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Energy Secretary Chu On Iran's Nuclear Activities


U.S. Energy Secretary Steven Chu delivers a speech at the general conference of the IAEA, at the International Center in Vienna, Austria, Monday, Sept. 19, 2011. (AP Photo/Ronald Zak)

"Iran has continued to engage in a long-standing pattern of denial, deceit and evasion, in violation of its non-proliferation obligations."

At the recent 151-nation General Conference of the International Atomic Energy Agency [the IAEA] in Vienna, U.S. Energy Secretary Steven Chu rebuked Iran for repeatedly failing to live up to its international nuclear obligations.

"Iran has continued to engage in a long-standing pattern of denial, deceit and evasion, in violation of its non-proliferation obligations. Time and time again," said Secretary Chu, "Iran has refused to satisfy legitimate concerns about the nature of its nuclear program – selectively rejecting IAEA requests for access to, and information about its nuclear facilities."

Secretary Chu's remarks were made the week after IAEA Director General Yukiya Amano told the IAEA Board of Governors that he was "increasingly concerned" about a possible military dimension to Iran's nuclear activities, "including activities related to the development of a nuclear payload for a missile."

Mr. Amano also noted that the Iranian government has moved centrifuges to a fortified, underground facility in Fordo, with the stated objective of producing uranium enriched to 20 percent, further contravening Security Council and Board of Governors resolutions.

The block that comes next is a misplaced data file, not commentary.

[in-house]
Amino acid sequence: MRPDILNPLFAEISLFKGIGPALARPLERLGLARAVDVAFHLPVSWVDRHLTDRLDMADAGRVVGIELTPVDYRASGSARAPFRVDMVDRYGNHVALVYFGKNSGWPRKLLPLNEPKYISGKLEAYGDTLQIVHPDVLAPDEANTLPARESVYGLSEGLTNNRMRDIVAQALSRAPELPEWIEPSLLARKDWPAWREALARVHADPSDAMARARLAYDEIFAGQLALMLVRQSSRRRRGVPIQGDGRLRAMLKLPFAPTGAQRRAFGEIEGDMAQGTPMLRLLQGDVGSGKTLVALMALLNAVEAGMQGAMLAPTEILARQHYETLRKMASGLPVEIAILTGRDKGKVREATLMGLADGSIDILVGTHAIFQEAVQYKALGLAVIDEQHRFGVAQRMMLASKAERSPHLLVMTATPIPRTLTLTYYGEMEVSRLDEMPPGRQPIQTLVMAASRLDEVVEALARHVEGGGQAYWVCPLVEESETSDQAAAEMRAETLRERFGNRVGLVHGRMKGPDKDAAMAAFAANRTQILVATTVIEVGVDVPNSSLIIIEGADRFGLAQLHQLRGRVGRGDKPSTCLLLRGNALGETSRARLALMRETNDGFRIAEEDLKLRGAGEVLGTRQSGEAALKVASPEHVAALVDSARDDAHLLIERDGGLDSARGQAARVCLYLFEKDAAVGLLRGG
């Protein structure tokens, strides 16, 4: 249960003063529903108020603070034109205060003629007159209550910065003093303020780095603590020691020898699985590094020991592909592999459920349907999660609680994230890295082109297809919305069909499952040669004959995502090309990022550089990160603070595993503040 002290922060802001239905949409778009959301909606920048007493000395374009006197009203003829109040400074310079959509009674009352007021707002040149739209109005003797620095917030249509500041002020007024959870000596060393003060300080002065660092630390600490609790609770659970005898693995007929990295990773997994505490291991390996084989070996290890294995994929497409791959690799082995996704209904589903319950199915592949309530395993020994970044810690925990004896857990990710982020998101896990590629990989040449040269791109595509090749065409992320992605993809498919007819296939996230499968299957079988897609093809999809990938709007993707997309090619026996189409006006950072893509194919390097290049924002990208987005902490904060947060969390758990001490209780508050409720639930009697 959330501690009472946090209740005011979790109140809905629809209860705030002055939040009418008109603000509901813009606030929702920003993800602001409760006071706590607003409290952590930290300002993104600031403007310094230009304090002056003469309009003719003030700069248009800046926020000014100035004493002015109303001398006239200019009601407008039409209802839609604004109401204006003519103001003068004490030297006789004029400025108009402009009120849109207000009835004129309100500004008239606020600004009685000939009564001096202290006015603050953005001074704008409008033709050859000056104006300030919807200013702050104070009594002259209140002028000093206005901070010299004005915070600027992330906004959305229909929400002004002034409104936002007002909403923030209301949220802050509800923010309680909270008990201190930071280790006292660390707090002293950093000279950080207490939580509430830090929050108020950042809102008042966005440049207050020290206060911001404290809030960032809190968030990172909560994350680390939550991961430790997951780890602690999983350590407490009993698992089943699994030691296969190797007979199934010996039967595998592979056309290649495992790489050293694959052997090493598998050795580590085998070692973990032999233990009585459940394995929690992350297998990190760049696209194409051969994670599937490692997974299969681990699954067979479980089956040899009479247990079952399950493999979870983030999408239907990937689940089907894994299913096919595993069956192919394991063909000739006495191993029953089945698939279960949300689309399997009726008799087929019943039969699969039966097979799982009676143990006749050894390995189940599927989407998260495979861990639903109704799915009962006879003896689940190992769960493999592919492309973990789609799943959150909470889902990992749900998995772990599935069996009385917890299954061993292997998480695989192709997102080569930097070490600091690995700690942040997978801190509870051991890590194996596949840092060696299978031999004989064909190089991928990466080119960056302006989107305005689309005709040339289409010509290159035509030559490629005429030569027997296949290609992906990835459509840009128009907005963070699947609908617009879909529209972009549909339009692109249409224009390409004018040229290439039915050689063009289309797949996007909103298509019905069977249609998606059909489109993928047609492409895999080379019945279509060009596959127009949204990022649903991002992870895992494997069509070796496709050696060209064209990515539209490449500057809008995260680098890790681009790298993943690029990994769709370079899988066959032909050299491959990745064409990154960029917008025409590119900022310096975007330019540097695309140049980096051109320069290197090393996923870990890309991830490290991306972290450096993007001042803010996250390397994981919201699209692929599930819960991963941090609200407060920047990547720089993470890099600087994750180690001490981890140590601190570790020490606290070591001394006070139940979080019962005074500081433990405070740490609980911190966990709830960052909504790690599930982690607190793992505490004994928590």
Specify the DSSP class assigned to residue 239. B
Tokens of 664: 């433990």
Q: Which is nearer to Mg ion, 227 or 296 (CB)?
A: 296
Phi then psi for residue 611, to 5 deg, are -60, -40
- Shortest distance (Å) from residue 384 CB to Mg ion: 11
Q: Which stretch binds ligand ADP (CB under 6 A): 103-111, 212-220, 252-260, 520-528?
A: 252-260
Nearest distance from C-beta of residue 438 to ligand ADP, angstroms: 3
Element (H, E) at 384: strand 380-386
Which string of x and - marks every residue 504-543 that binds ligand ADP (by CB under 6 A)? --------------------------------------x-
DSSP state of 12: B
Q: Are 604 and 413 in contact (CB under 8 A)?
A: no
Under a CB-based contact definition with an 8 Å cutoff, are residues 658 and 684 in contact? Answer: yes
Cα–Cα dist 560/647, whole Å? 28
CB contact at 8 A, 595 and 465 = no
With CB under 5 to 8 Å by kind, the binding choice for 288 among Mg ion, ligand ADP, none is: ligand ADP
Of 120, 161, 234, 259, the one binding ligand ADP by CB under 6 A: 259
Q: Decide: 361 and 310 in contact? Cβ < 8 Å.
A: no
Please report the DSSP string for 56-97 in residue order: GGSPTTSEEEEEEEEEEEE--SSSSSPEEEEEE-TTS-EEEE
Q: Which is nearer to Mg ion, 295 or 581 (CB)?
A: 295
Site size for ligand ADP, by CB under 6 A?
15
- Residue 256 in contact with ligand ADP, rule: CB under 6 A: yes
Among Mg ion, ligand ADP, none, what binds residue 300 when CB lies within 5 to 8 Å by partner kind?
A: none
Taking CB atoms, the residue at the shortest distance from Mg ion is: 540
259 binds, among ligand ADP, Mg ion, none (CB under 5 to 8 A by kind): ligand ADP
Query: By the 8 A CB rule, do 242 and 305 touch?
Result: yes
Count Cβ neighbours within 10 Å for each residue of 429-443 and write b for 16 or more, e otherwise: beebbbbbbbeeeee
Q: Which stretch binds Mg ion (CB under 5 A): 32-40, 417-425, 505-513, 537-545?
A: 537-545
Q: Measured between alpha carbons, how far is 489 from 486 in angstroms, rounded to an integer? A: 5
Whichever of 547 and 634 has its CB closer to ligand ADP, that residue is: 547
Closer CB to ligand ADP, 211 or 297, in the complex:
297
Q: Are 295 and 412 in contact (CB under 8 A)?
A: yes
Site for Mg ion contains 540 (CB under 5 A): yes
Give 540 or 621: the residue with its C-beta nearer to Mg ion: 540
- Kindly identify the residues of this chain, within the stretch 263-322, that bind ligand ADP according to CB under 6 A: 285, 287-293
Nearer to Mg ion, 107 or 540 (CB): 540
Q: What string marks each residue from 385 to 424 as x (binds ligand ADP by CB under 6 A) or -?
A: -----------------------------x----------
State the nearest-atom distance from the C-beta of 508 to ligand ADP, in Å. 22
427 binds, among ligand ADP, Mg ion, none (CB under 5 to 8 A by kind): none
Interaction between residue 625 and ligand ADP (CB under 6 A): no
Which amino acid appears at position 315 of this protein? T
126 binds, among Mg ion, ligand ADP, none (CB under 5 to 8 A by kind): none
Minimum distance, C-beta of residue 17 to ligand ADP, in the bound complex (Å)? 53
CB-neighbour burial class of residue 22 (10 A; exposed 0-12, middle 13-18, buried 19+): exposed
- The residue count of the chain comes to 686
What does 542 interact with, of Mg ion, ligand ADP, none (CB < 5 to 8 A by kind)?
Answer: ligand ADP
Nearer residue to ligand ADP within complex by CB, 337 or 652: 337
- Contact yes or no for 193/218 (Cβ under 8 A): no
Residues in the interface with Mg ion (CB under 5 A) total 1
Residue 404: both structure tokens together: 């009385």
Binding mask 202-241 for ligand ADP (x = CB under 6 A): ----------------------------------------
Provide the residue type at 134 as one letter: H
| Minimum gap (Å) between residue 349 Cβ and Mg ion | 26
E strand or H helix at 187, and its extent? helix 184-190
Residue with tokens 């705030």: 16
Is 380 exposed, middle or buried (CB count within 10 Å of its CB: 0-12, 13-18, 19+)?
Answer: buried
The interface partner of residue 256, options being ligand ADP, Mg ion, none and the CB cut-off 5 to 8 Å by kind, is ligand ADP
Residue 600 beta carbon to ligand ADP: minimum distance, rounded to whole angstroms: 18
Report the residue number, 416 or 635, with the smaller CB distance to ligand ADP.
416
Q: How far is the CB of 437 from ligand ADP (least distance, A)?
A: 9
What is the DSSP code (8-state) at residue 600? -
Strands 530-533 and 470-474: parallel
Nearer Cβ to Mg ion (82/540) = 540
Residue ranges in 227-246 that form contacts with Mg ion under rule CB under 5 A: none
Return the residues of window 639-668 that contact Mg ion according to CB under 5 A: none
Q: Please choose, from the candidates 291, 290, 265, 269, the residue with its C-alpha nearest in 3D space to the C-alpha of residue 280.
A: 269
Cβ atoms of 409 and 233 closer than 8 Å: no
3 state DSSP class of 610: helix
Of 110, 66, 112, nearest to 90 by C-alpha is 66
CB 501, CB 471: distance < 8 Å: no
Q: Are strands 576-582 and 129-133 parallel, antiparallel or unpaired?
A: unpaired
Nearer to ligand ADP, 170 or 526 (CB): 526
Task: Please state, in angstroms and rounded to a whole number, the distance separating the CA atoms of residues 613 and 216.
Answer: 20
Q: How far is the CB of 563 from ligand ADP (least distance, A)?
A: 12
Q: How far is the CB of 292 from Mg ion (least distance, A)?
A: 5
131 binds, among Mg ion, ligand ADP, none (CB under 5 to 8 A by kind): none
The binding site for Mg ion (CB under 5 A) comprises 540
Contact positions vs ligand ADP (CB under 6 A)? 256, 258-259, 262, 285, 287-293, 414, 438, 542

In his remarks to the General Conference, Energy Secretary Chu said, "Pursuing this course raises serious questions over Iran's peaceful intent and its readiness to build confidence."

Quoting a message by President Barack Obama, Secretary Chu said the international community "must safeguard against any possible diversion or misuse of nuclear energy, whether by nations or terrorists, and ensure that nations that violate their obligations face consequences." The United Nations Security Council has already imposed four rounds of economic sanctions on Iran because of its nuclear activities. "Iran's government has a choice," said Mr. Chu. "It can comply with its obligations and restore international confidence in the exclusively peaceful nature of its nuclear activities or it can face deepening isolation and international censure."

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